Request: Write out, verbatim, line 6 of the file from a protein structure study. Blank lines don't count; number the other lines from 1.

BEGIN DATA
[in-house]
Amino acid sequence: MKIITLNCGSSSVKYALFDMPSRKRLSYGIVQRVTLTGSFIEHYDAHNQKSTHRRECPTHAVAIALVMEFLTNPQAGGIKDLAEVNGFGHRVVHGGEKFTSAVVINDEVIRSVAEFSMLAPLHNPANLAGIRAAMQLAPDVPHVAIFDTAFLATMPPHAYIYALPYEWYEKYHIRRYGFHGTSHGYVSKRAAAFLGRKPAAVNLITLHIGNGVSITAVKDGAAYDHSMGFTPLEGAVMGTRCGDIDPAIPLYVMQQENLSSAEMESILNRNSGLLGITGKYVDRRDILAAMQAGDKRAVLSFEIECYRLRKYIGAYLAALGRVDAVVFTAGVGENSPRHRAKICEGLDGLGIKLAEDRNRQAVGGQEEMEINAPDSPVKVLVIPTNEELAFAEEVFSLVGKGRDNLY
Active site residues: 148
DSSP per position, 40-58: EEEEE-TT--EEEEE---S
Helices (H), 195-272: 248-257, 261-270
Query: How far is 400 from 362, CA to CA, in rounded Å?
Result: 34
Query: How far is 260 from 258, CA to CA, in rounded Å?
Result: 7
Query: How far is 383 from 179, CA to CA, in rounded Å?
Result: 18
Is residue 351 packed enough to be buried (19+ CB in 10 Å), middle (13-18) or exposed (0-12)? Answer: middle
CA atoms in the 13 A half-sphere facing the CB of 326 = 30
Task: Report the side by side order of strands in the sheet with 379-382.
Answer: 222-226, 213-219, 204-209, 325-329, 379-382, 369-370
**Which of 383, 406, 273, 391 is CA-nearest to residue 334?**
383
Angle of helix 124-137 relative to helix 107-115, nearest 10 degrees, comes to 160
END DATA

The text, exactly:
Query: How far is 400 from 362, CA to CA, in rounded Å?